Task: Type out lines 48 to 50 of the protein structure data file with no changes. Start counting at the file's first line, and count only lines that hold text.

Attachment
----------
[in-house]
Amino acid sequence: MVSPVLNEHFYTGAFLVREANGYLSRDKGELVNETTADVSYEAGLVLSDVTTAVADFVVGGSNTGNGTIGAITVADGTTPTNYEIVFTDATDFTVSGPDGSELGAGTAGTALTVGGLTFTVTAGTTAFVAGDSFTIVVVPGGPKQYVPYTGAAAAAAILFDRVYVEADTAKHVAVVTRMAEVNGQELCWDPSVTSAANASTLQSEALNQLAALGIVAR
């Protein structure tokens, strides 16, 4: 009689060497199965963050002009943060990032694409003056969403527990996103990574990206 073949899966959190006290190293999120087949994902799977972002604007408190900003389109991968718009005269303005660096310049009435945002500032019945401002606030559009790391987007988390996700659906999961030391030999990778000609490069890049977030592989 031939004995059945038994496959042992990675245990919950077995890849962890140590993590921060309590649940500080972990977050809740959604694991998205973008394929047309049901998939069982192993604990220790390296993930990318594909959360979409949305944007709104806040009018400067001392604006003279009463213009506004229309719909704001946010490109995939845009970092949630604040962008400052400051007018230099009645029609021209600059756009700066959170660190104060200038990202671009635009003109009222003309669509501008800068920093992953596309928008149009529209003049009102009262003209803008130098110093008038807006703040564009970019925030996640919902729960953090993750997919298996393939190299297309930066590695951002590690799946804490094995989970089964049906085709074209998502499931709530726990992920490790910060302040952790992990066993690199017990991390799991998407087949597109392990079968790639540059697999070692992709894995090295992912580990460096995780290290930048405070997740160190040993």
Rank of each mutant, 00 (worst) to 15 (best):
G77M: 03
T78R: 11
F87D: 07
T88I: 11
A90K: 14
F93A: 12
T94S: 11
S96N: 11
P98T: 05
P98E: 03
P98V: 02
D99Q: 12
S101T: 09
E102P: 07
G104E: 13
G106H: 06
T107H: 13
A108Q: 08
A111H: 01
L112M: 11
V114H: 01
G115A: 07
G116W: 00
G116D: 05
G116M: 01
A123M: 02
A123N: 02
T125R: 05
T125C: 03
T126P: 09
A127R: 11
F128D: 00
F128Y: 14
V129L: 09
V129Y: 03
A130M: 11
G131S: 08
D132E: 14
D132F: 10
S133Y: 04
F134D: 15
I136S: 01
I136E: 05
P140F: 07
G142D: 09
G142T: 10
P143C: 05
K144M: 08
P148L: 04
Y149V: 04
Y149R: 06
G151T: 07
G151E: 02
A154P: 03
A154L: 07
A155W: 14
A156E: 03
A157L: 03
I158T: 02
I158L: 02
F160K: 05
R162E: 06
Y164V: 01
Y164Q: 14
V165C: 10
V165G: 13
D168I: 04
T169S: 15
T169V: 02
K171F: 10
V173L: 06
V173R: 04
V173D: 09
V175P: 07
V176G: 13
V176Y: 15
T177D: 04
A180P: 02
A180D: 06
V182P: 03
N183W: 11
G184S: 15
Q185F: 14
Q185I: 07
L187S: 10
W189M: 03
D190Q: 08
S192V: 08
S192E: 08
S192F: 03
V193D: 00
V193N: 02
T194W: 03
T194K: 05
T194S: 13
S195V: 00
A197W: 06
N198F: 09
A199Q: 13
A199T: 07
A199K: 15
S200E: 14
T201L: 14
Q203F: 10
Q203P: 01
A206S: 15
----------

P140F: 07
G142D: 09
G142T: 10